- "...a Learning Object... [is] 'any digital resource that can be reused to support learning.' This definition includes anything that can be delivered across the network on demand, be it large or small. Examples of smaller reusable digital resources include digital images or photos, live data feeds (like stock tickers), live or prerecorded video or audio snippets, small bits of text, animations, and smaller web-delivered applications, like a Java calculator. Examples of larger reusable digital resources include entire web pages that combine text, images and other media or applications to deliver complete experiences, such as a complete instructional event" (Wiley 2002)
- "Learning Objects are a new way of thinking about learning content. Traditionally, content comes in a several hour chunk. Learning Objects are much smaller units of learning, typically ranging from 2 minutes to 15 minutes." (Wisconsin Online Resource Center http://www.wisc-online.com/Info/FIPSE%20-%20What%20is%20a%20Learning%20Object.htm)
- "[A Learning Object] is defined as the smallest independent structural experience that contains an objective, a learning activity and an assessment." (L'Allier 1997)
- Objective: an element of a Learning Object structural component that is a statement describing the intended criterion-based result of a learning activity.
- Learning Activity: an element of a Learning Object structural component that teaches to an objective.
- Assessment: an element of a Learning Object structural component that determines if an objective has been met.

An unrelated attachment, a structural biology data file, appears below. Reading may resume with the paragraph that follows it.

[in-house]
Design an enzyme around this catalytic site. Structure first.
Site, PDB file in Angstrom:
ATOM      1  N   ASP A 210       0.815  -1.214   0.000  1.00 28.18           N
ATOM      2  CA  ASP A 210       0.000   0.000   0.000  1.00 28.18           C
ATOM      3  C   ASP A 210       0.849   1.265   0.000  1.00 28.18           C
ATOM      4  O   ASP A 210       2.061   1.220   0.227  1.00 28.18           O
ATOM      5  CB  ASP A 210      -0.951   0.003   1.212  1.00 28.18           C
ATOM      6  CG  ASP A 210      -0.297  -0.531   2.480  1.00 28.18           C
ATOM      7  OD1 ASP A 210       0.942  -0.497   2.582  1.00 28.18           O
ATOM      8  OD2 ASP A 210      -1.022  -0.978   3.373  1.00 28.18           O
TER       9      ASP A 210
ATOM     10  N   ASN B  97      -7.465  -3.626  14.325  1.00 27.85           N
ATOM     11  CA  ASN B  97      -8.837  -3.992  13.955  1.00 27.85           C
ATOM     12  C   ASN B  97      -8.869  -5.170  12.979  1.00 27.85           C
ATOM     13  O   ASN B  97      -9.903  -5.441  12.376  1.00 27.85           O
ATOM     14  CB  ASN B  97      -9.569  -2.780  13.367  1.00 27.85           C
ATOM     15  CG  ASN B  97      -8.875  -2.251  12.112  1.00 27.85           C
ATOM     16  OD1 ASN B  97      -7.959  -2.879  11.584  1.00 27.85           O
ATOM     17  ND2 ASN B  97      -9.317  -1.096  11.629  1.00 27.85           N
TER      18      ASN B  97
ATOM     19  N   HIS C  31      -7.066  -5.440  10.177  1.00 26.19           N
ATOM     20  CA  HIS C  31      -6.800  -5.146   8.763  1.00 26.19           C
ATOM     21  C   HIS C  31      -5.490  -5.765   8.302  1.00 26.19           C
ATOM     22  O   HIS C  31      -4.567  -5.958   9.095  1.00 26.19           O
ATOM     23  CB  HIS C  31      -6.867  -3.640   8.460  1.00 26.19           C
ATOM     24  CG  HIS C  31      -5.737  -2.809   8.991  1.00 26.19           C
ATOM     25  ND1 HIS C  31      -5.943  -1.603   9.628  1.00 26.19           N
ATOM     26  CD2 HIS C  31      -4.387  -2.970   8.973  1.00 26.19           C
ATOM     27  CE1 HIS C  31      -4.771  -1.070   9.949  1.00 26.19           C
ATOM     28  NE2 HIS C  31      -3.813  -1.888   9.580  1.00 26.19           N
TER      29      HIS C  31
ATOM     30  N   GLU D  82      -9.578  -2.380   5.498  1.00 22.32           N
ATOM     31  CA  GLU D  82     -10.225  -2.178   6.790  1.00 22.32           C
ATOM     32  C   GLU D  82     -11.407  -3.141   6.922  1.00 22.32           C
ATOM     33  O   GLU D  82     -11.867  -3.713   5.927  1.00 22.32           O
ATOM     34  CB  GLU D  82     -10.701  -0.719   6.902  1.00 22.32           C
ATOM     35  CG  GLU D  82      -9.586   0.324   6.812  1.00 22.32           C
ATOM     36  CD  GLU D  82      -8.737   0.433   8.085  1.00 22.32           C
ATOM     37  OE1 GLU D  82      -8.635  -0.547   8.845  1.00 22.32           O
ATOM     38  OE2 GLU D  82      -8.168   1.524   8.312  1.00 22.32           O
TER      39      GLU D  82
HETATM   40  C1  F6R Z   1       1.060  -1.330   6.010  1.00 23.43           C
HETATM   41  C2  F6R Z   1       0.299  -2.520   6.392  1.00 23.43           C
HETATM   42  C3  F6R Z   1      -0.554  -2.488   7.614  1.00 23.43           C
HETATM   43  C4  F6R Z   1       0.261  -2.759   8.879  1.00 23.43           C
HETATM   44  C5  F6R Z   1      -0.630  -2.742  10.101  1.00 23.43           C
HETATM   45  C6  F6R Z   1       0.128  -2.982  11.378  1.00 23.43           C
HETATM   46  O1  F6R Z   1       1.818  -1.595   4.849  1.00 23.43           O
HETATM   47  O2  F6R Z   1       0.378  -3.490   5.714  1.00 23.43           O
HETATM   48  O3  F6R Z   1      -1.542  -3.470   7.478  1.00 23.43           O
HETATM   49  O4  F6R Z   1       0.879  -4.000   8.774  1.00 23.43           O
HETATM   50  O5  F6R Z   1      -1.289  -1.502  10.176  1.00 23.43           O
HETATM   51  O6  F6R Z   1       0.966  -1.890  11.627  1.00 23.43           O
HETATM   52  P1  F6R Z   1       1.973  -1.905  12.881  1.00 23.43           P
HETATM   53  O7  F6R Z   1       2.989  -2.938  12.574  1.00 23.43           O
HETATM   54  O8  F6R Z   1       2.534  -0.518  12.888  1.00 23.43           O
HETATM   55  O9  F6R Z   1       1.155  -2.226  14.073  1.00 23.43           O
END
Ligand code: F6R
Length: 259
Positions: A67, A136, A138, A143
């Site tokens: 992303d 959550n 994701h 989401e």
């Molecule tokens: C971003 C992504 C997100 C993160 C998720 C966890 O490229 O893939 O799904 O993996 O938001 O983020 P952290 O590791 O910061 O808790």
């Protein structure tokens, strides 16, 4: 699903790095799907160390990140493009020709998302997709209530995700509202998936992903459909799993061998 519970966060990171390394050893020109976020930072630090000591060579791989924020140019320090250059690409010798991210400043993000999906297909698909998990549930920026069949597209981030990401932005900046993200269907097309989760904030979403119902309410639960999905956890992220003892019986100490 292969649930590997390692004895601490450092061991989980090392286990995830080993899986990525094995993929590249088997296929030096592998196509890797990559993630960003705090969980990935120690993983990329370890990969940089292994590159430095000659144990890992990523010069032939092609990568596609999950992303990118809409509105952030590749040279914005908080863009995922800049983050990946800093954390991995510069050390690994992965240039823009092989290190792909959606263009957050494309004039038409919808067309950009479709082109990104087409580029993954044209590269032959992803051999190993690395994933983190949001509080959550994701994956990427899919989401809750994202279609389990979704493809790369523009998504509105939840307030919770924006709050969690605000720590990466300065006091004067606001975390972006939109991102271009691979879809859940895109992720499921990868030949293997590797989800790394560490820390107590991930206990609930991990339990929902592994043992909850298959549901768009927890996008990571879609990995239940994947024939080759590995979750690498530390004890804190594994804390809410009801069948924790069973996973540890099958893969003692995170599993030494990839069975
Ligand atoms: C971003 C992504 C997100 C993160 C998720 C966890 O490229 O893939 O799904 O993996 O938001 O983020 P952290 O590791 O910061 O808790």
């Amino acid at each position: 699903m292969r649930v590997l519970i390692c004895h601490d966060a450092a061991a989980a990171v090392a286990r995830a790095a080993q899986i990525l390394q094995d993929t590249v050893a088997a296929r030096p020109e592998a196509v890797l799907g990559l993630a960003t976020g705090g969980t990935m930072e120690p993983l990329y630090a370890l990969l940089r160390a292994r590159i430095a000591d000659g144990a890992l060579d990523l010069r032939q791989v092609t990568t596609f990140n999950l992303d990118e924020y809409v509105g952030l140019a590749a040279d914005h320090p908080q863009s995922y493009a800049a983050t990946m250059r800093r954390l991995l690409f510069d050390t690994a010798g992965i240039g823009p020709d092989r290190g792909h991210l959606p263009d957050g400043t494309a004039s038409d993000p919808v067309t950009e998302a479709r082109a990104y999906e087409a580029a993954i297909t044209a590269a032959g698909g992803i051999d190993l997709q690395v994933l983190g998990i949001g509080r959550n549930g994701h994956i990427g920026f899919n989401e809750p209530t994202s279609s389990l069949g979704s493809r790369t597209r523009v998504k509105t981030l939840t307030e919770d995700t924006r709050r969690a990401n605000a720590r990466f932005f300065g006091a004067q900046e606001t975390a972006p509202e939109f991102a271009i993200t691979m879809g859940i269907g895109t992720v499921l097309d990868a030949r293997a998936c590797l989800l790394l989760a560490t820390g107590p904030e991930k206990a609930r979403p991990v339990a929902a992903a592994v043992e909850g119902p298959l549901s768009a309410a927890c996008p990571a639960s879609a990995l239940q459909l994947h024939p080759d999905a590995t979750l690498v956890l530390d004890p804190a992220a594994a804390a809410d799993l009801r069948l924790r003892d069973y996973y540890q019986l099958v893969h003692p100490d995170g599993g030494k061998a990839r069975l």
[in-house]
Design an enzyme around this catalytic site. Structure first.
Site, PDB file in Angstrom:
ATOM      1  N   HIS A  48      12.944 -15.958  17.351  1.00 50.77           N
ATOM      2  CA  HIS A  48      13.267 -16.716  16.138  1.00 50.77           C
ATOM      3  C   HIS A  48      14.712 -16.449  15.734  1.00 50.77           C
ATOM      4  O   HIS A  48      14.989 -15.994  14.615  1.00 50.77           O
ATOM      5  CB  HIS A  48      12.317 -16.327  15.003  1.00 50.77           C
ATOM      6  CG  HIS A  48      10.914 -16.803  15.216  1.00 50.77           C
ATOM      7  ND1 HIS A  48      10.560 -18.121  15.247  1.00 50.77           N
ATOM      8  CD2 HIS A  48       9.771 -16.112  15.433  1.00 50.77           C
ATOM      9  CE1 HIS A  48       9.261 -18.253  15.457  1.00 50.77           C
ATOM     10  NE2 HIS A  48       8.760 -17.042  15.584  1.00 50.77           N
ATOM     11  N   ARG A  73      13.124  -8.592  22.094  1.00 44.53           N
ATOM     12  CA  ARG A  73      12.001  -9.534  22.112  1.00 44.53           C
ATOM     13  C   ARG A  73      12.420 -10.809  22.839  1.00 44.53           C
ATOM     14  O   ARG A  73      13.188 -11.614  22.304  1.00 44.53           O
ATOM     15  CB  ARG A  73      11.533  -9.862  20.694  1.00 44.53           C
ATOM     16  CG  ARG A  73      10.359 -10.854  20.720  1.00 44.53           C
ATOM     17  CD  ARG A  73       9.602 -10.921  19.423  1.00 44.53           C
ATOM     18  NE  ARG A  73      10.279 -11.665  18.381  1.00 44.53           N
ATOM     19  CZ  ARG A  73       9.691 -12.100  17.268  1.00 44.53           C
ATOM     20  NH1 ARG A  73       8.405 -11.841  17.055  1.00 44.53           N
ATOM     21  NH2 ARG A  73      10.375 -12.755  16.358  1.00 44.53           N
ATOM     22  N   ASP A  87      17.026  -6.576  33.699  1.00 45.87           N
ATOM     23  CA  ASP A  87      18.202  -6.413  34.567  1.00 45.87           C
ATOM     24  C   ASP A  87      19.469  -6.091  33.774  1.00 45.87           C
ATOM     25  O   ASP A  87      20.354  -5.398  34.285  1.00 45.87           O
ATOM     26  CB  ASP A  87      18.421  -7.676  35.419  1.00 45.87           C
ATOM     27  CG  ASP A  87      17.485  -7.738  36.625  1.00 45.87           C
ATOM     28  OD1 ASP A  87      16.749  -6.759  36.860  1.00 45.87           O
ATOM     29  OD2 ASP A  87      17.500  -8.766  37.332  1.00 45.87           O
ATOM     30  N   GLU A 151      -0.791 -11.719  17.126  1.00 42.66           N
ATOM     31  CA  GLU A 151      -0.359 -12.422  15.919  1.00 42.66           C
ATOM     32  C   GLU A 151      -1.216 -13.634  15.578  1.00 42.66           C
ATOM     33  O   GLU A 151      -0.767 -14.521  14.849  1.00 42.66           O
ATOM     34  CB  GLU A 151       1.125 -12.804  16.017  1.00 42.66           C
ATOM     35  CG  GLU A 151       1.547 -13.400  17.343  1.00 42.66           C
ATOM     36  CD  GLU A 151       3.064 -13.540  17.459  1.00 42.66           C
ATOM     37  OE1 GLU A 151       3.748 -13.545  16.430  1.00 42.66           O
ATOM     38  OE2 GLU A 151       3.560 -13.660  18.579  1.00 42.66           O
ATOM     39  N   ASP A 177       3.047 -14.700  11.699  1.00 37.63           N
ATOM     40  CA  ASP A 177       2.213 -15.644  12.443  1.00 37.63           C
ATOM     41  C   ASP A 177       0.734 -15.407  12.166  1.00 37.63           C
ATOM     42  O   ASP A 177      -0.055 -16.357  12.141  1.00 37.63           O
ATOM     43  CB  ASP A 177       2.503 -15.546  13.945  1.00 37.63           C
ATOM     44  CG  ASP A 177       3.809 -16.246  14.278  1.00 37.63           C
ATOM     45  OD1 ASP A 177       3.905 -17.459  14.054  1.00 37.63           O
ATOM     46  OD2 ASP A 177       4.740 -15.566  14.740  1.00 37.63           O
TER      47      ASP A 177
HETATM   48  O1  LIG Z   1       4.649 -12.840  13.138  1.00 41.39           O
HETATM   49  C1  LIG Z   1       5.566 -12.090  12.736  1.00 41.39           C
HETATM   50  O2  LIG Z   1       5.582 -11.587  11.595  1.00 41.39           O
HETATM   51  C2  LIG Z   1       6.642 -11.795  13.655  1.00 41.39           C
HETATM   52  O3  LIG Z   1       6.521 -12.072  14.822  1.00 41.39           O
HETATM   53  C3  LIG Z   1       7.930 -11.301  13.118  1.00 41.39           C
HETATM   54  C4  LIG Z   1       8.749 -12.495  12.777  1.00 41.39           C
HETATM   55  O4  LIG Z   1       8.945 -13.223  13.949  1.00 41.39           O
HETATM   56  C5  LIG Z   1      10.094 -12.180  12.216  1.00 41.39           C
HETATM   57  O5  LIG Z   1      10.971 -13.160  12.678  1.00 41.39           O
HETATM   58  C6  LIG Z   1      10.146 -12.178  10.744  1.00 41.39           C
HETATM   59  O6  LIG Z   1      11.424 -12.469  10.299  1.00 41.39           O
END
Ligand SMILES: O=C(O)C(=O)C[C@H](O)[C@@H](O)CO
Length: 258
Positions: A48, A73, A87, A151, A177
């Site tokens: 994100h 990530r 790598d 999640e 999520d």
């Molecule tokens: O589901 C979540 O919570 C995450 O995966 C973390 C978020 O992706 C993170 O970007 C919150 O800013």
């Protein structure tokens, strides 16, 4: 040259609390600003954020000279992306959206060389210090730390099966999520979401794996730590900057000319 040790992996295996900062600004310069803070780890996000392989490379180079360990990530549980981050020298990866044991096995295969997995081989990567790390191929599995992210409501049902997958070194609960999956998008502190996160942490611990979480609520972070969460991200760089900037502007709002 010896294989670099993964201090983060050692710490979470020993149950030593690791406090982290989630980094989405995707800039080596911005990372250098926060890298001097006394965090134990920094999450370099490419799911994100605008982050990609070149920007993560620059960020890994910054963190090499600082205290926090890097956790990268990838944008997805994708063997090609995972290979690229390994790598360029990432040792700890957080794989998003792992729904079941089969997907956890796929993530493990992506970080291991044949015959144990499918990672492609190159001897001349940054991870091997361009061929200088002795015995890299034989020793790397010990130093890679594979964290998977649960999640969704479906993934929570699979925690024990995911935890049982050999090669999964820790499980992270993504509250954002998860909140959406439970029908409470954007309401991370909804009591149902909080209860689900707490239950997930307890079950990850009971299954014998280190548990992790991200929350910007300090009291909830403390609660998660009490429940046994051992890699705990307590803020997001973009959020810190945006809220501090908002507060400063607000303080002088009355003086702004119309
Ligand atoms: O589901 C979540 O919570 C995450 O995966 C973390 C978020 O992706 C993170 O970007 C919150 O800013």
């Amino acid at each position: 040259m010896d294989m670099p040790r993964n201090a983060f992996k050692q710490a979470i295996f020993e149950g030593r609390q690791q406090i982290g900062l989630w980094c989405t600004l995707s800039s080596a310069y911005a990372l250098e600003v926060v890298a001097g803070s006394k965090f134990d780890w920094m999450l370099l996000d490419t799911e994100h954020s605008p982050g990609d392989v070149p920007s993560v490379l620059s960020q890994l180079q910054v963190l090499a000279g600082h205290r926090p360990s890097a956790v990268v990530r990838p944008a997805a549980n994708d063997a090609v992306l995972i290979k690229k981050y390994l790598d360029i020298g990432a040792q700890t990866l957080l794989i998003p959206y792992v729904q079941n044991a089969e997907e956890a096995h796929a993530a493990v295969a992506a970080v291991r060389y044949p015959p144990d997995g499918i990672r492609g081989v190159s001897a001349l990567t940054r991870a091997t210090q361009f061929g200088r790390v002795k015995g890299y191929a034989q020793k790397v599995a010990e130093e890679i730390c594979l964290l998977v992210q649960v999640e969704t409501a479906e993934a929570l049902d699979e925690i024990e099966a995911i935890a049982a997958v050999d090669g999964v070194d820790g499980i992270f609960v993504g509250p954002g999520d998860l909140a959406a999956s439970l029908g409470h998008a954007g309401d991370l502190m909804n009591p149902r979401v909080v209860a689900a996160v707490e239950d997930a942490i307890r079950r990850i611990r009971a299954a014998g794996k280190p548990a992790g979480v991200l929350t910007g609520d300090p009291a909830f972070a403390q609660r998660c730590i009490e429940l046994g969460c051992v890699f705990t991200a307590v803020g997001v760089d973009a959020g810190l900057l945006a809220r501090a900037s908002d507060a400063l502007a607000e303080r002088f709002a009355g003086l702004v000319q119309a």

The definition of a LO in Learning Object Metadata v6.1 is not only overarching but also impractical, in part because non-digital objects such as computer hardware and digital objects like images enjoy the same conceptual status, thereby making it impossible to use the term Learning Object in a meaningful way. In fact, Learning Object Metadata v4 went so far as to classify people, organizations and events involved in computer-aided education as LOs: "Examples of Learning Objects include multimedia content, instructional content, instructional software and software tools that are referenced during technology supported learning. In a wider sense, Learning Objects could include Learning Objectives, persons, organizations, or events".
Equally broad is Wiley's characterization of the LO. Wiley's contribution to this debate is limited to excluding non-digital objects from the definition offered by Learning Object Metadata. If small media assets such as images and video clips and large elements like Web pages and instructional contexts can be called LOs, then why should these be called LOs instead of images, video clips and Web pages? Wiley's definition appears to be a simple case of uncritical nomenclature without conceptual clarification. As a result, classifying every digital asset as a LO nullifies the basic features of modularity, separation of content and context, and reusability borrowed from object-oriented programming.
For a concept to function as such, it should be a general principle, and the concept should be valid in all contexts irrespective of the empirical object it is applied to. Therefore a concept cannot be based on subjective considerations. For example, the Wisconsin Online Resource Center's definition includes the arbitrary imposition of time. But the time required to learn the content of a LO cannot be a measure or means of defining a LO generally, since the time needed to explore a LO varies from learner to learner, depending on the individual's learning characteristics.